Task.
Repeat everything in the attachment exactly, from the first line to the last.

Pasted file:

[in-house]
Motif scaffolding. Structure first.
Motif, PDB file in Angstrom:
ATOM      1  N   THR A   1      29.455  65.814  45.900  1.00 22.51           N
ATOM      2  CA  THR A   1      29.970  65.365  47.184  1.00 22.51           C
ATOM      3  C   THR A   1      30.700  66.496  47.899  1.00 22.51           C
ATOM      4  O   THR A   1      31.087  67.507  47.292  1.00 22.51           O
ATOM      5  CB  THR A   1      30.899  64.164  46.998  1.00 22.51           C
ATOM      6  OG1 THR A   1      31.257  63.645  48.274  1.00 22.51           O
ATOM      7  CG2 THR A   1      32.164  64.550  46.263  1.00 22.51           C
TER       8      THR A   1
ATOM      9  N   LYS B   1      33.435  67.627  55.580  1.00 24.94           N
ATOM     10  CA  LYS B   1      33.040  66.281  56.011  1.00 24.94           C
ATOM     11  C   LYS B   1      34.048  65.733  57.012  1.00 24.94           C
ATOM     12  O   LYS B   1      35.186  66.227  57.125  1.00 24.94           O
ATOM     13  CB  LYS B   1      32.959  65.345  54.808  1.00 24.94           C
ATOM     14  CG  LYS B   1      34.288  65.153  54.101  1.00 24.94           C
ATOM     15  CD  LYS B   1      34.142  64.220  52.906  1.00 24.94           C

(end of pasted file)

[in-house]
Motif scaffolding. Structure first.
Motif, PDB file in Angstrom:
ATOM      1  N   THR A   1      29.455  65.814  45.900  1.00 22.51           N
ATOM      2  CA  THR A   1      29.970  65.365  47.184  1.00 22.51           C
ATOM      3  C   THR A   1      30.700  66.496  47.899  1.00 22.51           C
ATOM      4  O   THR A   1      31.087  67.507  47.292  1.00 22.51           O
ATOM      5  CB  THR A   1      30.899  64.164  46.998  1.00 22.51           C
ATOM      6  OG1 THR A   1      31.257  63.645  48.274  1.00 22.51           O
ATOM      7  CG2 THR A   1      32.164  64.550  46.263  1.00 22.51           C
TER       8      THR A   1
ATOM      9  N   LYS B   1      33.435  67.627  55.580  1.00 24.94           N
ATOM     10  CA  LYS B   1      33.040  66.281  56.011  1.00 24.94           C
ATOM     11  C   LYS B   1      34.048  65.733  57.012  1.00 24.94           C
ATOM     12  O   LYS B   1      35.186  66.227  57.125  1.00 24.94           O
ATOM     13  CB  LYS B   1      32.959  65.345  54.808  1.00 24.94           C
ATOM     14  CG  LYS B   1      34.288  65.153  54.101  1.00 24.94           C
ATOM     15  CD  LYS B   1      34.142  64.220  52.906  1.00 24.94           C